The notion of a beautiful and tidy vegetable garden may sound oxymoronic to some, especially by season’s end, when the pole beans have outgrown their towers and the indeterminate tomatoes are determined to scramble across the path. New Jersey architectural and garden designer Andrea Filippone realizes the limits of commanding order from headstrong plants, and yet her 60-by-120-foot vegetable garden is elegant. She gave the garden solid structure with a formal plan and permanent elements.
Filippone is a student of historical gardens and read about the oldest French kitchen gardens. These were frequently made up of geometric beds surrounding a water source, such as a well. She visited the grand 17th-century Potager du Roi at Versailles. That vegetable garden is enclosed by hedges and has an enormous fountain at its center. These schemes informed Filippone’s plans.
“I began with hedges around the outside. We have heavy stress from deer, and I couldn’t have a garden unless I could contain and protect it,” she says. Chain link would have worked, but this is a garden that is as important for its aesthetics as its utility. She chose privet because it grows quickly and deer don’t eat it. Using rooted whips about 12 to 18 inches tall, Filippone planted in a zigzag pattern so that the hedge would grow thick at the base and keep small deer out. Today, the hedge is more than 6 feet tall and is sheared every year. In cross-section, the shrubs would take on an A shape with a flat top. Filippone prunes her hedges narrower at the top than at the bottom, so that the higher foliage does not shade the growth below, which would lead to sparse foliage at the hedge’s base. Since the privet gets trimmed every year, it doesn’t flower or fruit, which in the right conditions would allow it to become a weed problem.
A 5-foot-wide path and a wooden fence surround the inner garden: “The deer wouldn’t even try to jump over the privet if they didn’t have a clear spot to land. The hedge with fence did the trick,” she explains. “The fence is light at the top with wider spaces, and more dense below.” Wire covers the lower section and is buried 3 feet below ground to keep out rabbits and groundhogs.
Narrow beds line the inside of the stained fence, and foot-tall espaliered apple trees edge these. This time, the inspiration came from the enormous potager at the Chateau de Villandry in France. “I bought the trees, cut them down, and when they branched, chose two shoots to tie to horizontal wires running left and right,” Filippone explains. She also purchased taller espaliered apple trees grafted with several varieties to grow up against the fence. Square beds form the main planting areas. “There’s freedom and flexibility on what to plant within a bed when the outer edges are sharp and clean,” she says. All of the beds are edged with boxwood, one instance when Filippone veered from historical convention. Most “potager-style” vegetable and herb gardens feature so-called English box, Buxus sempervirens ‘Suffruticosa’—a little-leaf shrub that is prone to disease. Instead, she chose B. sinicavar. insularis ‘Justin Brouwers’, a naturally small and slow-growing selection.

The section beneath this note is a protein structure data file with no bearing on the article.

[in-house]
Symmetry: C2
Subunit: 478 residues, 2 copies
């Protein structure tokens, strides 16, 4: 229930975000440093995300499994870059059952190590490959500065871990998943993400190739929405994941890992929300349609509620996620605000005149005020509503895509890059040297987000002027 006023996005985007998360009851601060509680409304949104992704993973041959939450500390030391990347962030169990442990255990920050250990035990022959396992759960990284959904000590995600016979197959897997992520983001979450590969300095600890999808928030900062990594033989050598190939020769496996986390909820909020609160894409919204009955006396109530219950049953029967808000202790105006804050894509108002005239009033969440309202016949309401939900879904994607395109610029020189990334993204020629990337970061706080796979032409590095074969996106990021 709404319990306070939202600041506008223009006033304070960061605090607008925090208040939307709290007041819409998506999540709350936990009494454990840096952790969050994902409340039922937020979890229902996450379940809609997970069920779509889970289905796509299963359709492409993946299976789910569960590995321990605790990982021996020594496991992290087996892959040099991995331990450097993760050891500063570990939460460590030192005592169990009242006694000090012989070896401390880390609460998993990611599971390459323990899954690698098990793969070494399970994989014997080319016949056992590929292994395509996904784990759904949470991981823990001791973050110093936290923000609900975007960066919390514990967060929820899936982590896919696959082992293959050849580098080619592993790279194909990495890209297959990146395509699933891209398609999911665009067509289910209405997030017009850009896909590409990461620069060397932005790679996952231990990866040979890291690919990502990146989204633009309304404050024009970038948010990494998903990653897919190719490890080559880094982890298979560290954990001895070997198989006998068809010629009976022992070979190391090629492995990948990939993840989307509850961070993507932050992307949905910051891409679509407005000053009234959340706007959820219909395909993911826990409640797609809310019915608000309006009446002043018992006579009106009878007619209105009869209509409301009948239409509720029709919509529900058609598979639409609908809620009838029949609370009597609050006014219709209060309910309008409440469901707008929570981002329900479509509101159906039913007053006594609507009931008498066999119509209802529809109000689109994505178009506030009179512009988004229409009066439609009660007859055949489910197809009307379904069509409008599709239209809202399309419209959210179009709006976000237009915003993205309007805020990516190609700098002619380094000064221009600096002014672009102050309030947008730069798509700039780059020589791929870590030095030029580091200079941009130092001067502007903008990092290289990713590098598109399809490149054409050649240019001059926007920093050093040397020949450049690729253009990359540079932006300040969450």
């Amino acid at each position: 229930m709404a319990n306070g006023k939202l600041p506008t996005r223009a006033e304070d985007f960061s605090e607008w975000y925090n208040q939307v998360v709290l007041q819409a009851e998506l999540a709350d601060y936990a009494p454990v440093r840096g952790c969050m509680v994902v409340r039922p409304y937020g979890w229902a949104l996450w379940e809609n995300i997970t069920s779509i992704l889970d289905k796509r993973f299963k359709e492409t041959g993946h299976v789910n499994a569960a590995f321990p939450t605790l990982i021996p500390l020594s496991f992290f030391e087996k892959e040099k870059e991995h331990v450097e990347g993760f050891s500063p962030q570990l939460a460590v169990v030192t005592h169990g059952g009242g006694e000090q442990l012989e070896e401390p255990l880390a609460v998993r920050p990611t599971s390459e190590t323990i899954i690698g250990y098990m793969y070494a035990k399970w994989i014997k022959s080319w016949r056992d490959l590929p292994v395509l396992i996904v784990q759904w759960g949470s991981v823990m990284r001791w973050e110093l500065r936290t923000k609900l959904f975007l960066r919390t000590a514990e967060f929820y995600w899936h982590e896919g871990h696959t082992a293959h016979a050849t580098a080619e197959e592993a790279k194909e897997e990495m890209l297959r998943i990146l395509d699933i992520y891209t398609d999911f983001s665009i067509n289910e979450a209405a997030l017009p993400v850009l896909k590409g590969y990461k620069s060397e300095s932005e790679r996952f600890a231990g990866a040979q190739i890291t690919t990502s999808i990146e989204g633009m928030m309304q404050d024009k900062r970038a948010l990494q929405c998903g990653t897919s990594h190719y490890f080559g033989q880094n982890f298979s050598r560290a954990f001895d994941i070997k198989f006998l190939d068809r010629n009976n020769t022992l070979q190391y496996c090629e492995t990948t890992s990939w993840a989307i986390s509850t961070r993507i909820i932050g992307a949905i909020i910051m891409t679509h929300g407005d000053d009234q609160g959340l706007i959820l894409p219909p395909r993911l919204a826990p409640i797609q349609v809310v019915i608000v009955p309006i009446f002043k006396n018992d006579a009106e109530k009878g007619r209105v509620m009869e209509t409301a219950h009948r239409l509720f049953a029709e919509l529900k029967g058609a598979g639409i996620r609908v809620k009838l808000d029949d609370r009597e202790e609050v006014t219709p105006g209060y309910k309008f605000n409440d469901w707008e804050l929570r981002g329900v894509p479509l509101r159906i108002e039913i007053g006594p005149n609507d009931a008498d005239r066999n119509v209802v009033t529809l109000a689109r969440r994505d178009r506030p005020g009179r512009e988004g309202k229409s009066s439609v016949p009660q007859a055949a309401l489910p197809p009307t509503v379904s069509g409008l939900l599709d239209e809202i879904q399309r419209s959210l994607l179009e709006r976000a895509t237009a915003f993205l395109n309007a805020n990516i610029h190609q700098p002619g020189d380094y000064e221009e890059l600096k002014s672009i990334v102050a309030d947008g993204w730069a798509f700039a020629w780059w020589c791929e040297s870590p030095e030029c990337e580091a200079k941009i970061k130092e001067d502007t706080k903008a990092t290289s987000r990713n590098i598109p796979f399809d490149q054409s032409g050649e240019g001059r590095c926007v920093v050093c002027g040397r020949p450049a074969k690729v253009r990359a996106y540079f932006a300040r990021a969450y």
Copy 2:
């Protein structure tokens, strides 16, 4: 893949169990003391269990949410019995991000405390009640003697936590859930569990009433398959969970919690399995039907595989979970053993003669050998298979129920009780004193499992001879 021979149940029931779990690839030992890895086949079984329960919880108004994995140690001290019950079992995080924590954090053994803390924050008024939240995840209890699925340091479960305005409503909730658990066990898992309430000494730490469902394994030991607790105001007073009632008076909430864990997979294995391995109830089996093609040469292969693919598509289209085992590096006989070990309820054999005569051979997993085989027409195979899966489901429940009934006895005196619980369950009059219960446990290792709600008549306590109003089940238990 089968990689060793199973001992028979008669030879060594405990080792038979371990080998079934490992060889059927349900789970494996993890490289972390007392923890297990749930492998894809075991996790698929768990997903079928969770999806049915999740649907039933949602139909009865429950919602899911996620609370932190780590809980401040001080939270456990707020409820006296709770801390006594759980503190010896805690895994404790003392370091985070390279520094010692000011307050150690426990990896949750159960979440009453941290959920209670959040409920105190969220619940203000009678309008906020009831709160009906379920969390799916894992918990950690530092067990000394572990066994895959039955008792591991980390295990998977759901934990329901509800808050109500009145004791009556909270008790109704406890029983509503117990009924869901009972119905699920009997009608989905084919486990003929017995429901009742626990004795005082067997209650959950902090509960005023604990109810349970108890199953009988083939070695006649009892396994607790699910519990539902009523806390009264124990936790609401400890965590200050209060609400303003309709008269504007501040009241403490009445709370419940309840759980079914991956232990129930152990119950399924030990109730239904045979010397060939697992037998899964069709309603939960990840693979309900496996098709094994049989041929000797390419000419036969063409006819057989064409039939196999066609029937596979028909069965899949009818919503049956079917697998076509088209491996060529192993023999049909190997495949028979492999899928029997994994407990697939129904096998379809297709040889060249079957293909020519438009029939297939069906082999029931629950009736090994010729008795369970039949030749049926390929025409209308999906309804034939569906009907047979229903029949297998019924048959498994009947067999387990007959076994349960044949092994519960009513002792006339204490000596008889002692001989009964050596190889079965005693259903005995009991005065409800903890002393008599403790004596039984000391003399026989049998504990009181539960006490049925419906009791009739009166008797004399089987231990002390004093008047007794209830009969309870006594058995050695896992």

As for the vegetable beds, Filippone applies compost to the surface of the soil every year, so as not to disturb buried irrigation or bring up weed seeds. Except for the compost, “I don’t fertilize,” she adds. “I use the right amount of water, I prune, and I use compost and compost tea as a soil drench.” She mulches with chopped leaves.
As for what to grow in the garden, Filippone has three criteria for selecting vegetable plants. First, will her daughters Isabella and Tessa, age 9, eat the results? The girls have definite opinions on what things are good to eat and fun to pick. Second, each year she tries cultivars that are new or fun. A yellow-flowered ornamental okra was an inedible hit of the last season, and ‘Moon and Stars’ watermelon is an annual staple. Third, she selects cultivars that contribute aesthetically. “I think of ways to create patterns, contrast, tall/short, light green, dark green,” Filippone explains. “There’s impact from mass and color.” Oh and yes, they all get eaten, as well.